# Programming & values > 32 bits?

How do you go about doing math with values larger than 32 bits on a 32 bit system? (In C, for example).

It must be relatively trivial, as every little calculator program out there does it. But a google search didn’t reveal anything that I recognized as the answer. I understand that you have to use one variable as the high-order info and one as the low-order info - but how do you put the two together and output a single number?

That’s the part which eludes me. Thanks much!!

A lot of it is done with string operations. I think the phrase you’re looking for is “arbitrary precision arithmetic”.

Most big-integer libraries represent the numbers as strings and emulate the math operations in software. The ints can get as big as you want, but the math is quite slow.

I would imagine that a lot of calculator programs use the double-floating-point system, which can handle a wide range of values to at least 12 significant digits. Sure, there’s times when you need to do addition of 19-digit numbers without losing anything on the end, but I think most people don’t really care that much.

It is not actually hard to write your own arbitrary-precision arithmetic library (especially if you want arbitrary-size integers and not floating-point values), but it is generally a lot easier if you can download one of the many available prewritten libraries that handle that kind of thing. The GNU Scientific Library is a good example of this, if a bit overkill if you do not need any of its other features.

(As a nitpick: Full-precision floating point values on x86 chips are actually 80 bits wide.)

What do you mean by “output”?

If you mean “output to the screen or a file”, then you just print the high bits followed by the low bits, same as you would any number.

If you mean “output to another part of the program”, then that other part of the program would have to support whatever representation of large integers you have.

Earthworm Jim: If you want to limit yourself to 64-bit integers, it becomes a lot easier: In gcc (and, I think, all C compilers conforming to the most recent (1999) C standard) the integral types ‘long long’ and ‘unsigned long long’ are guaranteed to be at least 64 bits wide. The printf family of functions in recent glibc versions also know how to handle these double-wide integers if given the right formatting sequences, saving you from the eternal hassle of shift-and-mask.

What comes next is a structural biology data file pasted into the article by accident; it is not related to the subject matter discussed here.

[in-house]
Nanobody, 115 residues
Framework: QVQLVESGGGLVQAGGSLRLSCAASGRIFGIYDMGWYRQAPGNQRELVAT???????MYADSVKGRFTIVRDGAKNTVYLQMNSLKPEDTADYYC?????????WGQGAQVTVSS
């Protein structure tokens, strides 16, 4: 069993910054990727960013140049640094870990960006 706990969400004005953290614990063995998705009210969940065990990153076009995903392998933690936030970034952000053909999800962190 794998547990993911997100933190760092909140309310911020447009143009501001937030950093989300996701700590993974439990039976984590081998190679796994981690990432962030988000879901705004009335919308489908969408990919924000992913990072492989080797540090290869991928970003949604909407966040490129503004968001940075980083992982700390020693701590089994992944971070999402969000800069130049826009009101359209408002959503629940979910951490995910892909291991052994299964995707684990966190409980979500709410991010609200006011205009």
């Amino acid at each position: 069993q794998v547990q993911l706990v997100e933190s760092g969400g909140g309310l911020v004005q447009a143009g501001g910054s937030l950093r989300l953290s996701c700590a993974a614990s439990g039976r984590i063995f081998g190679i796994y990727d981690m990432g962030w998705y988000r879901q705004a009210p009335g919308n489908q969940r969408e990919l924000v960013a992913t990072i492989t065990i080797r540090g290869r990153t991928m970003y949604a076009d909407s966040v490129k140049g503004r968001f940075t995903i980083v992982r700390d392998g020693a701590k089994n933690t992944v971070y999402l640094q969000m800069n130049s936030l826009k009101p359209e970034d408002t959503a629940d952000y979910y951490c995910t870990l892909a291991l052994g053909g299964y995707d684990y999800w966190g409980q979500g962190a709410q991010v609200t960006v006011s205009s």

(I now noticed that you specifically said ‘one variable for high-order info and one variable for low-order info’. This is essentially how ‘long long’ integers are handled on 32-bit x86 chips, but the compiler is more than capable of doing it for you if you know how to tell it to.)

Yeah, I was thinking about long longs specifically - I knew they existed, but I didn’t know how to output them nicely. I was using cygwin, and there’s nothing in the printf/fprintf/sprintf man page about “long longs”. Since reading your post I moved over to a redhat box; and lo & behold there’s “%lld” - just what I was looking for. (Now if I can only get my thousands separator to print correctly - GRR!)

And incidentally, the first hit I got when googling “arbitrary precision arithmetic” was “the GNU Multiple Precision Arithmetic Library, the fastest bignum library on the planet!”.

<sniff, sniff> You guys are the best!

I’m sure you must have been taught how to do long multiplication at some point. It’s basically a method of multiplying large numbers without knowing anything more than how to multiply and add the numbers less than 10. You can probably imagine how to do this while storing the working in a string. I doubt that computers use this algorithm, but it gives you an idea of how it is possible.

Oh, the gmp. I forgot about that, and I mentioned the gsl instead. Google saves us once again from my brain farts of doom.